MY LIFE is a reality show, but Hollywood doesn't see it that way. Seems I don't fit neatly into the reality-show formula that says there are two kinds of reality stars: the person you want to be, and the person you thank God you're not.
My problem? I'm an everyman. And while that would've worked in the days of scripted shows like "Seinfeld," where you could literally make a show about nothing, today's reality shows revolve around themes.
There are "Dance Moms," who are willing to sell their children in exchange for the role of crazy stage mother. There are "Preachers of L.A.," who seem to have as much money as the God they claim to serve. There are "Bridezillas," who "Say Yes to the Dress." There are "Real Housewives of Atlanta," who aren't quite "Keeping Up With the Kardashians."
Then there's us, the viewers, struggling mightily to keep up with our sanity.
That's why I was cautiously optimistic when I heard from a production company that was seeking a black family for a new reality series.
They'd seen "The Candy Ring," a hilarious video based on one of my Daily News columns. They'd seen some of the stories I'd written about my madcap misadventures as a husband and father. They seemed to be really interested in putting us on TV.
Of course, we'd been down that road before, having seen "The Candy Ring" optioned and pitched to a cable network. There were contracts and meetings. There were calls and emails. And at the end of the day a cable-network executive told us that we were simply too normal. Instead of the funny family fare we offered, they opted to go with a chick who'd played a stripper in a blaxploitation flick.
I thought this latest experience might be different. I thought they'd see value in the fact that I could stand to lose 10 pounds. I thought they'd find it charming that I sometimes have more month at the end of my money. I assumed they'd love the fact that my wife is a homemaker, despite the fact that we're not rich.
In hindsight, maybe I should've lied and told them that we live in a McMansion on the Main Line instead of a townhome near the 'hood. Maybe I should've hidden my Toyota in the driveway and sent them pictures of a rented Bentley. Maybe I should've told them my 13-year-old daughter, Eve, was a teen vixen instead of an honor-roll student who's been class president for three years running.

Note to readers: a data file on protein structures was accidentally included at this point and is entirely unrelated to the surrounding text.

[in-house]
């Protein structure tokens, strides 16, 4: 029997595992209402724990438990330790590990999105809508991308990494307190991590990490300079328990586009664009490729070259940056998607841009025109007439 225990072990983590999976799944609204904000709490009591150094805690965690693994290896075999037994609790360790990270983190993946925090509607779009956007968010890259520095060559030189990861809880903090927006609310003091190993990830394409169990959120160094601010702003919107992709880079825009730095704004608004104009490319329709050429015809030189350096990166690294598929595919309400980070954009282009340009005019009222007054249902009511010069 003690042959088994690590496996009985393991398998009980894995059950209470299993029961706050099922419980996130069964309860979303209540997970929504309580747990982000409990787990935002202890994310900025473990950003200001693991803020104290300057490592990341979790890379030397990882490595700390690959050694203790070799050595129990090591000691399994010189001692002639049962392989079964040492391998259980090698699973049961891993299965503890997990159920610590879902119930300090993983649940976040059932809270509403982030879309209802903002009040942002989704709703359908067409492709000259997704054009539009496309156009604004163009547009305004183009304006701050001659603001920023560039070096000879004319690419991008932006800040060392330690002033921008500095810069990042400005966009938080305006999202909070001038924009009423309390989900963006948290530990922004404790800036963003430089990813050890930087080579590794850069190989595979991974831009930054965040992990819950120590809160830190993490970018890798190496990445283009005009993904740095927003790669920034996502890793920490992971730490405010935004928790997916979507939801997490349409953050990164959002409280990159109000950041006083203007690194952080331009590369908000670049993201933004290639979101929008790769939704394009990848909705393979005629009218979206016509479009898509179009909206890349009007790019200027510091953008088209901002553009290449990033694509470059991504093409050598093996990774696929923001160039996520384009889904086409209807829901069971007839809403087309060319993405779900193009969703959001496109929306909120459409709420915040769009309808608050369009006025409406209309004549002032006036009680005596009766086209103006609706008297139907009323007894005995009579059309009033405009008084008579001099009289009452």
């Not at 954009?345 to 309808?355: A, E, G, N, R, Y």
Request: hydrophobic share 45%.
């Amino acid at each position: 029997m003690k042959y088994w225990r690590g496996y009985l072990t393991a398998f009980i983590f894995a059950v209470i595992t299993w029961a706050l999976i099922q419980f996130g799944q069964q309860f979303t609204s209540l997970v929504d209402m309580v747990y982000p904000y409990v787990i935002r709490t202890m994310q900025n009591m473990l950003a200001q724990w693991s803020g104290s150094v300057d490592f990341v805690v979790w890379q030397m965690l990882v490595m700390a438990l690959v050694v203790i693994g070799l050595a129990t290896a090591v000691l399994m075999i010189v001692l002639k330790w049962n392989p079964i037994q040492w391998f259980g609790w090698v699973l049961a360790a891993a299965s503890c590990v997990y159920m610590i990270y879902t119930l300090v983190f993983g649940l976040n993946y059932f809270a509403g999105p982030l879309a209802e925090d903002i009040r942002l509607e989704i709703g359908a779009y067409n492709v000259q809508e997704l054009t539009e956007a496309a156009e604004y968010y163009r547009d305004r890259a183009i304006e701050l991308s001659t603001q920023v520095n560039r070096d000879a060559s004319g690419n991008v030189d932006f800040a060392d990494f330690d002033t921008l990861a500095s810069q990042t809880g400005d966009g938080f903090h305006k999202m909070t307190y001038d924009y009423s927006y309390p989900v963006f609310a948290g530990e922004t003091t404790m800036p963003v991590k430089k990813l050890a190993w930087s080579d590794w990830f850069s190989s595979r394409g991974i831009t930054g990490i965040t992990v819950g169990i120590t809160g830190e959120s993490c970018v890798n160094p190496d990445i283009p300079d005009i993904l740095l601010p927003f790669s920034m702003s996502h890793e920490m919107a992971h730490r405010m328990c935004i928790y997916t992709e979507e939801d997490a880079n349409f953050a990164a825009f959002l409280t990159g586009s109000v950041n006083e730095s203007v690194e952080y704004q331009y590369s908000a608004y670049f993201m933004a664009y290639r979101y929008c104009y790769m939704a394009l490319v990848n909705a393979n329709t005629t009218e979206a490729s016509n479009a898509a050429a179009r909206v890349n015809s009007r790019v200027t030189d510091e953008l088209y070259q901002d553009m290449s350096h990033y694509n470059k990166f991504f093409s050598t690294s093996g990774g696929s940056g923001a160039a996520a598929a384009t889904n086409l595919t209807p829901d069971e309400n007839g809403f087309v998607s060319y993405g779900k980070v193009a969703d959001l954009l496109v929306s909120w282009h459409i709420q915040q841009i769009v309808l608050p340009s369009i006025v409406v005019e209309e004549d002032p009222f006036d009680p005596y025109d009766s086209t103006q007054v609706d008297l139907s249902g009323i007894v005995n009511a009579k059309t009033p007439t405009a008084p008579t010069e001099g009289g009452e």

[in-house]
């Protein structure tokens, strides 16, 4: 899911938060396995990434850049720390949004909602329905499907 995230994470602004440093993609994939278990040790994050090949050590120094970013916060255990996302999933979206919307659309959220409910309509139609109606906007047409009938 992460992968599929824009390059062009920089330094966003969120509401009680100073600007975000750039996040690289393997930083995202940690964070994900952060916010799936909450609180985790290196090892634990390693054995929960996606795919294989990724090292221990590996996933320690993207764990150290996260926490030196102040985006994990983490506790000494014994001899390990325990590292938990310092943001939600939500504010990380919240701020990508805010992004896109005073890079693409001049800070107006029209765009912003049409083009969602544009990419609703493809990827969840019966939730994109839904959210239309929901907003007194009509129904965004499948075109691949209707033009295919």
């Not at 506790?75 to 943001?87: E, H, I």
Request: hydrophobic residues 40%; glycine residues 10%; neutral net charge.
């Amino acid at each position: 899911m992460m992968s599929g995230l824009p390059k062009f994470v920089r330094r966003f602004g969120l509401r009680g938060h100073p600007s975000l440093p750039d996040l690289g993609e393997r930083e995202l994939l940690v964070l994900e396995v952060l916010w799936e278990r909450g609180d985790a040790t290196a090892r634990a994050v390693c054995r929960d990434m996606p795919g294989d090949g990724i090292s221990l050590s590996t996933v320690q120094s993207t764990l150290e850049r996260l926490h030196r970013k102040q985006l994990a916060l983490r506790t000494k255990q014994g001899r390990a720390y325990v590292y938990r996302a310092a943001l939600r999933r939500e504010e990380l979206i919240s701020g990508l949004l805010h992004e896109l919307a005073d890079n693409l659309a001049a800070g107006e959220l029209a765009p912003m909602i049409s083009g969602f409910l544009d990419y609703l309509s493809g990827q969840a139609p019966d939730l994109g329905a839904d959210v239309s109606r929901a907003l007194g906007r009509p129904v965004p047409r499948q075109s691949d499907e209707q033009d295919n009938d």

Maybe if LaVeta was a dominatrix, or Little Solomon was a juvenile delinquent, or I was still frequenting dubious North Philly corners as I did 20 years ago, they would've loved us.
But, alas, I come home every night, take care of the family and we have our laughs in between. There are no knock-down, drag-out brawls. There are no diamond pinky rings. There are no exes coming to our home to bust out our car windows.
If the cops come to see the Joneses, it's usually to deliver a report about the community meeting that LaVeta attended a few days before. She is, after all, a much younger version of the nosy old lady everyone needs on their block.
Is there drama? Of course there is, because Eve is always scheming to score her next trip to Hollister. My son Solomon is engaging in treachery and intrigue to beat everyone to the leftovers. My wife LaVeta's online shopping excursions come to light only when UPS arrives.
And me? I'm the guy trying to hold it all together with Scotch tape and bubble gum.
So, no, we're not belly dancing on Broad Street or doing mixed martial arts at City Hall, but our reality is definitely a show.
Maybe next time we get a call from Hollywood, they'll see that, and you'll all get to see it for yourselves.